If you were only to read what you already agreed with, you would not learn very much.
I don't understand how it can be assumed that that can advance society when we can agree that misogyny has been such a huge impediment.
In fact she never said that, here or elsewhere, and as such it would be wrong to attribute that belief to this or any other of her works.
Lots of info in this book, but very hard to read. It does help you understand women's roles in society and a historical look at feminism. Read morePublished 7 months ago by Josh
This is a good book. I like the questions and vantage points of view that Andrea Dworkin takes. I especially like her point of view on Joan of arc, it was eye opening to say the... Read morePublished 11 months ago by David Smith
In this book, Dworkin extends her analysis from pornography to sexual intercourse itself. She argues that in a male supremacist society the sexual subordination depicted in... Read morePublished on September 24, 2012 by Joyce
I understand that Dworkin had reason to fear and hate men. She was molested as a child. Her first husband abused her horribly. Read morePublished on December 11, 2011 by othoniaboys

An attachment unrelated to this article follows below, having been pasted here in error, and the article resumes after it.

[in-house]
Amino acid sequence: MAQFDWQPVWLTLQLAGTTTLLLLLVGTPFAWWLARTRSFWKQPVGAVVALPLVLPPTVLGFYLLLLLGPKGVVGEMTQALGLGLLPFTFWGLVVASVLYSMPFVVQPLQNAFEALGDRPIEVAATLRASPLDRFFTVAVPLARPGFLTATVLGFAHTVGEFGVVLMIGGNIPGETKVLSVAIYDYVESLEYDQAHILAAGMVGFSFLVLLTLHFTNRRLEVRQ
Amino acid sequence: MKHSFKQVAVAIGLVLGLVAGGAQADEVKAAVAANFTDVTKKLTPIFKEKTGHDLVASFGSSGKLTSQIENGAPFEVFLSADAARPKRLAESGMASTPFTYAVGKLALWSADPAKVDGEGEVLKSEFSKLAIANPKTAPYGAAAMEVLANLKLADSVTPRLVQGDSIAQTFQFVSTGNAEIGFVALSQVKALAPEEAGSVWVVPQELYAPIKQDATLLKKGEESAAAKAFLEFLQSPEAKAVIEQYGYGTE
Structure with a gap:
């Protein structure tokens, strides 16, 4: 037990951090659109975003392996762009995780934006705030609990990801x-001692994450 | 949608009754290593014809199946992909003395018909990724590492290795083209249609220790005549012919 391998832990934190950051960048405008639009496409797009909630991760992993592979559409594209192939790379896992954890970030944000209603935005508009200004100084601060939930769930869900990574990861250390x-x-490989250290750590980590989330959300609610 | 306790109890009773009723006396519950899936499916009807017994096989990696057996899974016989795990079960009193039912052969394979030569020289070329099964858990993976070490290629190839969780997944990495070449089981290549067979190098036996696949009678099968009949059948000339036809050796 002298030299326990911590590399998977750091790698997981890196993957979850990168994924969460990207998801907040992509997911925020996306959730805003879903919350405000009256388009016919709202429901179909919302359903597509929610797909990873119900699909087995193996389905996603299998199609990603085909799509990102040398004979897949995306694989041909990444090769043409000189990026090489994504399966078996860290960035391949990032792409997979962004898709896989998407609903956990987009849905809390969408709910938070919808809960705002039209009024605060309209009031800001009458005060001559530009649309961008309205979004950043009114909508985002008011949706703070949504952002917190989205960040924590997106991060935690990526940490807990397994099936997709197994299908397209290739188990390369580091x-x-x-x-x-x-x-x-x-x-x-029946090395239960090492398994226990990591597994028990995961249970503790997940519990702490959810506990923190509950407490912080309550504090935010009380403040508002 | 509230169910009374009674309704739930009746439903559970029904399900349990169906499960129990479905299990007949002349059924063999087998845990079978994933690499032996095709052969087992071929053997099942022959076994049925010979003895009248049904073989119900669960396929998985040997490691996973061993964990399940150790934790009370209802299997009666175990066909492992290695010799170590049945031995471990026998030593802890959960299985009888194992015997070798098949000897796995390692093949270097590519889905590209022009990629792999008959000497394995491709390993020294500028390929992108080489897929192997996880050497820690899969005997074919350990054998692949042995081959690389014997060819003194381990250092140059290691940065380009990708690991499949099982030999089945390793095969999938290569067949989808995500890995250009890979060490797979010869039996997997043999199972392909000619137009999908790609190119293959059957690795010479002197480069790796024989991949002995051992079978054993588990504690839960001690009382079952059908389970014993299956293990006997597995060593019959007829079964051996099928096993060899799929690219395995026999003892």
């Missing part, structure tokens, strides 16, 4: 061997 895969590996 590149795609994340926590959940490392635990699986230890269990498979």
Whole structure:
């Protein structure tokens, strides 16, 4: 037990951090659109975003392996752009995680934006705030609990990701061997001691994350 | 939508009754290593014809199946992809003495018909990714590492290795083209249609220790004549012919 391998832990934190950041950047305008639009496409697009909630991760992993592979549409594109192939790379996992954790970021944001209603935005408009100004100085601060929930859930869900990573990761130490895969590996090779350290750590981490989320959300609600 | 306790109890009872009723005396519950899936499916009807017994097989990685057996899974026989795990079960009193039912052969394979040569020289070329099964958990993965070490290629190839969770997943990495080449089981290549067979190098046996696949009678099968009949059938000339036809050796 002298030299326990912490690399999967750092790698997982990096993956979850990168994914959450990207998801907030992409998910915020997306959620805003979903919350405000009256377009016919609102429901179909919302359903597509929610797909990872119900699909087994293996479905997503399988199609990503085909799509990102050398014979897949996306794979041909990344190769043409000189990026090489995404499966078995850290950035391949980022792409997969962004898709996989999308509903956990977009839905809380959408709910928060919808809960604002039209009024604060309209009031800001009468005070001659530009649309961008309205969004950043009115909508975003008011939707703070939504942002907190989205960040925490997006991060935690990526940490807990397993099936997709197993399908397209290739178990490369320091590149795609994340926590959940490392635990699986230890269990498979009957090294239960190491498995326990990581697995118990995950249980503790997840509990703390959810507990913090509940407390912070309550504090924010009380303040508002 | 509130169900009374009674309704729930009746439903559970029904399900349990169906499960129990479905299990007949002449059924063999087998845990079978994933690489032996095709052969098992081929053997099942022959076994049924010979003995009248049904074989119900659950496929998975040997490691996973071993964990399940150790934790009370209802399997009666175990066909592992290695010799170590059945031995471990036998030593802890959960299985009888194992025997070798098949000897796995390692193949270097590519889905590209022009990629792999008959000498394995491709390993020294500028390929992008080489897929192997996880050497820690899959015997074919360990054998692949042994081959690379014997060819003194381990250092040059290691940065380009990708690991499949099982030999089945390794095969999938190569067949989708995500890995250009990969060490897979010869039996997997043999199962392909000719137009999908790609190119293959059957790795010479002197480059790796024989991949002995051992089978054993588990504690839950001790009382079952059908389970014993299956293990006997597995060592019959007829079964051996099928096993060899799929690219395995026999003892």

I agree with all of the other five-star reviews I've read here, and don't want to reiterate what they've stated so well. Read morePublished on November 5, 2011 by T. Trask
In Ariel Levy's forward to my 2006 edition of this work, she says: "'Intercourse' is an inventive, combative, and wildly complicated piece of work, and to imagine that all there is... Read morePublished on January 12, 2011 by John P. Jones III
The time was the early nineties. I was in a small liberal arts college that was heavily steeped radical feminist thought. Read morePublished on August 22, 2009 by S. Schafer
Dworkin is a hero and she speaks the truth. Whether you like it or not its the truth and the truth hurts.Published on December 13, 2007 by Sara G. Harden
Dworkin presumes to tell straight women what their experience of sex is really like. But Dworkin never was a straight woman. Read morePublished on May 25, 2007 by John Stanhope